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eGobbler group target US users with a massive malvertising campaign

eGobbler group target US users with a massive malvertising campaign
  • A new malvertising campaign targeting US users’ personal and financial information was observed during the extended Presidents’ day weekend.
  • The massive malvertising campaign recorded over 800 million malicious ad impressions.

A new malvertising campaign targeting US users’ personal and financial information was observed during the extended Presidents’ day weekend. Researchers from Confiant observed over 800 million malicious ad impressions as a part of the massive malvertising campaign.

How does the malvertising campaign work?

  • Once the victims click on the malicious ads, they will be redirected to a wide variety of phishing sites.
  • The phishing sites will trick victims into entering personal as well as financial information such as names, addresses, contact information, payment card details etc.
  • The collected information will then be used by cybercriminals to perform various malicious operations, to conduct spear phishing email campaign, or to sell the stolen credentials in the darb web to other crooks.

“Landing pages for these types of campaigns tend to rotate, but the ones we've seen were not malware loaders. Instead, they were more phishing-oriented,” Jerome Dangu, CTO at Confiant, told ZDNet.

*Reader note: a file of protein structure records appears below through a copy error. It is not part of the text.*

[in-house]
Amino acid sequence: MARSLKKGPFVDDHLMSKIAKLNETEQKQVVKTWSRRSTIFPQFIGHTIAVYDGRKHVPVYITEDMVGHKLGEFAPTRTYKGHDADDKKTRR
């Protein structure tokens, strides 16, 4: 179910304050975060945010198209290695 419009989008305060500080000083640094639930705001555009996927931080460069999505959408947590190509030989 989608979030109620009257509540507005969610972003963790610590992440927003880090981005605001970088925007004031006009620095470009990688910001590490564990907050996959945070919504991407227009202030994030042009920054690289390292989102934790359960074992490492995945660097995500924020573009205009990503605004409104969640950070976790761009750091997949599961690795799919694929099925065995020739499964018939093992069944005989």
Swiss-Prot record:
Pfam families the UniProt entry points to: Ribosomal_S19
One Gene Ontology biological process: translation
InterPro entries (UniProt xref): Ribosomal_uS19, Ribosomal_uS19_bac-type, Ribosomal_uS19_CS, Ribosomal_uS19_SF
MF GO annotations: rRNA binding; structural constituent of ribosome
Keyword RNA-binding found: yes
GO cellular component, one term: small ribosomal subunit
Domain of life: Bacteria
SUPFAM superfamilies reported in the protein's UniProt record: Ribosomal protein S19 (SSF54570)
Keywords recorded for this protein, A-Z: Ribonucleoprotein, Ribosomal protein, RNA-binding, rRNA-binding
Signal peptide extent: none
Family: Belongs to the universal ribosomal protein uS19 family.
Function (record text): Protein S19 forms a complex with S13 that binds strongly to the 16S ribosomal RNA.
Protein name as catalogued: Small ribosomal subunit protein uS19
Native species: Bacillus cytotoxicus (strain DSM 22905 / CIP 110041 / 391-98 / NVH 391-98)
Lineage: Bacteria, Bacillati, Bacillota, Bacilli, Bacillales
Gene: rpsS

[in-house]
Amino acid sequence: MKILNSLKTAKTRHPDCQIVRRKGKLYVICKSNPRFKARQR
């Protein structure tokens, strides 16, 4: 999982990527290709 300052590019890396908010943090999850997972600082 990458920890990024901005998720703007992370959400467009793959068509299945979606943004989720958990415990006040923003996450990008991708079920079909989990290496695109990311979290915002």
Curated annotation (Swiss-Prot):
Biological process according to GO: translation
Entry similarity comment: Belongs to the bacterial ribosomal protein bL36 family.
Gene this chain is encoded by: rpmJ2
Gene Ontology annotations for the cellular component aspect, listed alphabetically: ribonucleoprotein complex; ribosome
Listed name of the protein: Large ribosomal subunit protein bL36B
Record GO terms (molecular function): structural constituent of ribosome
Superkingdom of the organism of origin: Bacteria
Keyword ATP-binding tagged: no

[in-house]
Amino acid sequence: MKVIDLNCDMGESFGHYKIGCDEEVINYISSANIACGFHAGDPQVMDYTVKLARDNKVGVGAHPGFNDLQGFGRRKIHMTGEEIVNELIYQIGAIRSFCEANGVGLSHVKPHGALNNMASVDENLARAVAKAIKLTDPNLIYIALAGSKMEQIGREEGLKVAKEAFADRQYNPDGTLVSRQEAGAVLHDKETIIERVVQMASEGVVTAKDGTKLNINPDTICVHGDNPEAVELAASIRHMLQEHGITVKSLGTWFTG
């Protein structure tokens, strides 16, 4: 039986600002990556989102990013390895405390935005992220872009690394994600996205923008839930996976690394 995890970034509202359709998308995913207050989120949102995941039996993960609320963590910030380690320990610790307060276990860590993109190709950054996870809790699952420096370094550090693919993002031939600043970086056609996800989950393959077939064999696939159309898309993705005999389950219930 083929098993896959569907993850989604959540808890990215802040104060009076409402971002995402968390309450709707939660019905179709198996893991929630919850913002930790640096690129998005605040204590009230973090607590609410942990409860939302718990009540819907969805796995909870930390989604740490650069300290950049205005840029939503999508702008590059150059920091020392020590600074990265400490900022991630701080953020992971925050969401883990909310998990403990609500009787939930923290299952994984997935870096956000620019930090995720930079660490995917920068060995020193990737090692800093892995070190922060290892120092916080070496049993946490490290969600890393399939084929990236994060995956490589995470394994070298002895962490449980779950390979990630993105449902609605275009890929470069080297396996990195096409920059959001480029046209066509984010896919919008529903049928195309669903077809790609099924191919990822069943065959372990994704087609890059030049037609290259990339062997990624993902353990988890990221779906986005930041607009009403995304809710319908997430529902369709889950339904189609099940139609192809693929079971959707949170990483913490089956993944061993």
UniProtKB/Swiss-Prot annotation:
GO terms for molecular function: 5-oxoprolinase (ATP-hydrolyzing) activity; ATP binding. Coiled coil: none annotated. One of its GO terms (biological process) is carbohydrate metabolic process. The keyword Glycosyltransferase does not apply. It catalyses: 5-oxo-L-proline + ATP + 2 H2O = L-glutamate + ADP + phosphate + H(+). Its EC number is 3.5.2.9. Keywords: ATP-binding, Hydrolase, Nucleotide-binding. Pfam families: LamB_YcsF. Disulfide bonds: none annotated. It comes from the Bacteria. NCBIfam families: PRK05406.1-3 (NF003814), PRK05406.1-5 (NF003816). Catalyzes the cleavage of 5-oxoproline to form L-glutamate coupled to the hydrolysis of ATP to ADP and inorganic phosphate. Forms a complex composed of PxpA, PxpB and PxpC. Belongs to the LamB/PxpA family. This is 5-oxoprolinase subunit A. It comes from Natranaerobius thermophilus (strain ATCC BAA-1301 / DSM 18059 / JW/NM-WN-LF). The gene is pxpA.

eGobbler group behind the malvertising campaign

Confiant researchers noted that eGobbler group is behind the massive malvertising campaign. They further stated that eGobbler’s malicious ads were designed to target only US users.

“Although these attackers have been around for months, they concentrated their efforts over the Presidents' Day holiday weekend, correctly assuming that they would be successful during a time when ad operations teams are offline or less available to troubleshoot security issues,” Confiant said.

Ad blockers not the best solution

In an interview with the CTO of Confiant, ZDNet enquired if ad blockers are a good solution for blocking malicious ads from loading inside users’ browsers, for which the Confiant CTO answered that blocking ads might not be the best solution for the health of the Internet in the long term.

“We wouldn't take the stance that ad blockers are positive because that's not a solution against ad-fraud but rather a recipe for killing the advertising industry as we know it. Put simply, we encourage executives across [the ad] industry to adopt solutions like ours in order to prevent the need for an ad-blocker,” the CTO said.

In other words, the Confiant CTO stated that if ad networks would do a better job at policing their ads, users wouldn't have the need to block ads in the first place.

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